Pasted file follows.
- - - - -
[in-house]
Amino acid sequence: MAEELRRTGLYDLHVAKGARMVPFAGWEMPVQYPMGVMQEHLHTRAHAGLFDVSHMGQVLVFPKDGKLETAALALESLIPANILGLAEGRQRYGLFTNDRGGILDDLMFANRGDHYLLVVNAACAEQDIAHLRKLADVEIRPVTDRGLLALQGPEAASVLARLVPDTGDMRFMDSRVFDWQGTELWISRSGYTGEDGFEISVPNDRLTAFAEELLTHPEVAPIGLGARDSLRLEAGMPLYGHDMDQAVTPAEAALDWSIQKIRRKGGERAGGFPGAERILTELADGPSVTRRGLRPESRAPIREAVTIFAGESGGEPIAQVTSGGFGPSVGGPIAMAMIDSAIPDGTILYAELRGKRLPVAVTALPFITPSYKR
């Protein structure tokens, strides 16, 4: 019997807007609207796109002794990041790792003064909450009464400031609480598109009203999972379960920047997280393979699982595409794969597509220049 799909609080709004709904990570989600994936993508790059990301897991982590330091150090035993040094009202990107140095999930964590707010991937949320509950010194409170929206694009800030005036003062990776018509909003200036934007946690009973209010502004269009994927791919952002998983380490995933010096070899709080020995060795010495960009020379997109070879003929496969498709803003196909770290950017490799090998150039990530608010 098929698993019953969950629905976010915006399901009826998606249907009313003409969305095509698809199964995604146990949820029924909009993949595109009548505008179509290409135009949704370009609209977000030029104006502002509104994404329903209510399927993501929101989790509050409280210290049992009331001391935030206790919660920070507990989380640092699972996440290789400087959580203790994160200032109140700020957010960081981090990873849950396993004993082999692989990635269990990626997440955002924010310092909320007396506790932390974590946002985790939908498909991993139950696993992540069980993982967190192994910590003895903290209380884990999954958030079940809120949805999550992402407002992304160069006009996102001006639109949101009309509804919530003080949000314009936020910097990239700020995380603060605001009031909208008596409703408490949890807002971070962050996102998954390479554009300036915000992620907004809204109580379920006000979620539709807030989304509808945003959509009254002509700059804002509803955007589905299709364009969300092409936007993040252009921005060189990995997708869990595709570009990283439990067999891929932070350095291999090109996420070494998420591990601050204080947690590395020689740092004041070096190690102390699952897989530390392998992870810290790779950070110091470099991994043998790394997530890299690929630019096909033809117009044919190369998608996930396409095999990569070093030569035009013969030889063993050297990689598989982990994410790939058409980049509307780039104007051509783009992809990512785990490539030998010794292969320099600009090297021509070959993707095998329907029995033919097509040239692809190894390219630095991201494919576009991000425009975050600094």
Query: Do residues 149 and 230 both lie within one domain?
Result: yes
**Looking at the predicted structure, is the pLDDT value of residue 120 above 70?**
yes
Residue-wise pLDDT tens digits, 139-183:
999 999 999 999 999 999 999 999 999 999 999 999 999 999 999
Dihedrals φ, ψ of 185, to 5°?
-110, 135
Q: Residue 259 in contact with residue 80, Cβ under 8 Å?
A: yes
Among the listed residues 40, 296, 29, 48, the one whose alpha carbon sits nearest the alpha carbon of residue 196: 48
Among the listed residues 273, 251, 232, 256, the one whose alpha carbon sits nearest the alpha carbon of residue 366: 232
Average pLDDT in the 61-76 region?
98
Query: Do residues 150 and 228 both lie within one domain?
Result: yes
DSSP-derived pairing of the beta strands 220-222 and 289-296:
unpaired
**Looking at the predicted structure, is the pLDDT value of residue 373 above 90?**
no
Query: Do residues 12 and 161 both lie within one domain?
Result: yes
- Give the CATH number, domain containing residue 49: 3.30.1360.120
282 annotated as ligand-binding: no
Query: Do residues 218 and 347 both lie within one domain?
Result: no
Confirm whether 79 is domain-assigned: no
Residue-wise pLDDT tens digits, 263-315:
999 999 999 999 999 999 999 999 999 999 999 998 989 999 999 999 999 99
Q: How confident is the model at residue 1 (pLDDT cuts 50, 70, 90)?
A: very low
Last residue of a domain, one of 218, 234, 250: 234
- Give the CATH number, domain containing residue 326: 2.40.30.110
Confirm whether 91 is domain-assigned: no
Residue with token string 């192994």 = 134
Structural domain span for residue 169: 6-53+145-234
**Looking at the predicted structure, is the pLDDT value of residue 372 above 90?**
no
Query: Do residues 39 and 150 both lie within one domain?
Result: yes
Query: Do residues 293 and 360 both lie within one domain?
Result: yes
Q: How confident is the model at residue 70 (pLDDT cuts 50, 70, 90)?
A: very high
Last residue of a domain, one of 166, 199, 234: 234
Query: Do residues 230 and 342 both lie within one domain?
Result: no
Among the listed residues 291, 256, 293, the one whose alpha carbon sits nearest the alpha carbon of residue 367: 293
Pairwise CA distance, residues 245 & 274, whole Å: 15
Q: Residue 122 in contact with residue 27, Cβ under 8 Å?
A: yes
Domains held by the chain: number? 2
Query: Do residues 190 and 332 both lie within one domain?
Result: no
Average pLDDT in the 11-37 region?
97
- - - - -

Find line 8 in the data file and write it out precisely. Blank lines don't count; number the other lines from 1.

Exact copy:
Residue-wise pLDDT tens digits, 139-183: